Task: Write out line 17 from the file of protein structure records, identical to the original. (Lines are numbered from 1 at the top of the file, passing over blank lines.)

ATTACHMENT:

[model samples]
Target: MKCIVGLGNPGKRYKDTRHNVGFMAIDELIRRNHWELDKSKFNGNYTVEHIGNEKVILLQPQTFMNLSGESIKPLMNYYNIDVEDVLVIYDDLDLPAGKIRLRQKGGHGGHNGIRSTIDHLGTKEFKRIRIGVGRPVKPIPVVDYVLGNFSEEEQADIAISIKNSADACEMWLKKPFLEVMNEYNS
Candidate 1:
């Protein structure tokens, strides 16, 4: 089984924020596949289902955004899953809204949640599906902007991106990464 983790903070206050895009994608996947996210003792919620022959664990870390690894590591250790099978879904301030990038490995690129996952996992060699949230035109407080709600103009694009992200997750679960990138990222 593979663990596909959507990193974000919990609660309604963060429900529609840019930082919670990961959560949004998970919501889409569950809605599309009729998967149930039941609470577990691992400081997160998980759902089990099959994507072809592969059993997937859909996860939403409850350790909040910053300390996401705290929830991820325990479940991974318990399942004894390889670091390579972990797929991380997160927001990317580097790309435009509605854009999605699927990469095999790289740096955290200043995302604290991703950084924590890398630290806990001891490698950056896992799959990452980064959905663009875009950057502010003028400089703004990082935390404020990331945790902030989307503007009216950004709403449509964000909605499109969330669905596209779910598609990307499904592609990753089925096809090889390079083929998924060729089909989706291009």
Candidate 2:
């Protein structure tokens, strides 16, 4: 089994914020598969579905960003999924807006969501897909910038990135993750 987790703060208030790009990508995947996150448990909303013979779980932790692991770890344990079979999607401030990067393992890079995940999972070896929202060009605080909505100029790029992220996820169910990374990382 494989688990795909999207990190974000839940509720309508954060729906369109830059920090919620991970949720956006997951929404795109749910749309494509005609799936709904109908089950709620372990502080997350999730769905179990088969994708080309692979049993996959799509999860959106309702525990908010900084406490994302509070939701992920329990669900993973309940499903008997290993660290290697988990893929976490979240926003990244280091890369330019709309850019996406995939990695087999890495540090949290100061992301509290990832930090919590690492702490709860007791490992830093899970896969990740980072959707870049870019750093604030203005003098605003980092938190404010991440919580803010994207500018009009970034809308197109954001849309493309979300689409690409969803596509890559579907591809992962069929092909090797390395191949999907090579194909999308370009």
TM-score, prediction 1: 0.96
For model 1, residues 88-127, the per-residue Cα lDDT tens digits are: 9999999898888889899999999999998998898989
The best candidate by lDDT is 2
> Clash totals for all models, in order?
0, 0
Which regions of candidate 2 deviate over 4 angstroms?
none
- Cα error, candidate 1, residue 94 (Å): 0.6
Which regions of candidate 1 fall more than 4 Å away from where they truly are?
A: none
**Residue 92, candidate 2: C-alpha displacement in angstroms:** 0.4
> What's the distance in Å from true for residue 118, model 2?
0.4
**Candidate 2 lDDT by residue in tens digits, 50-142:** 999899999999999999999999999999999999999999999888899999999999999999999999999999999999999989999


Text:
**Residue 92, candidate 2: C-alpha displacement in angstroms:** 0.4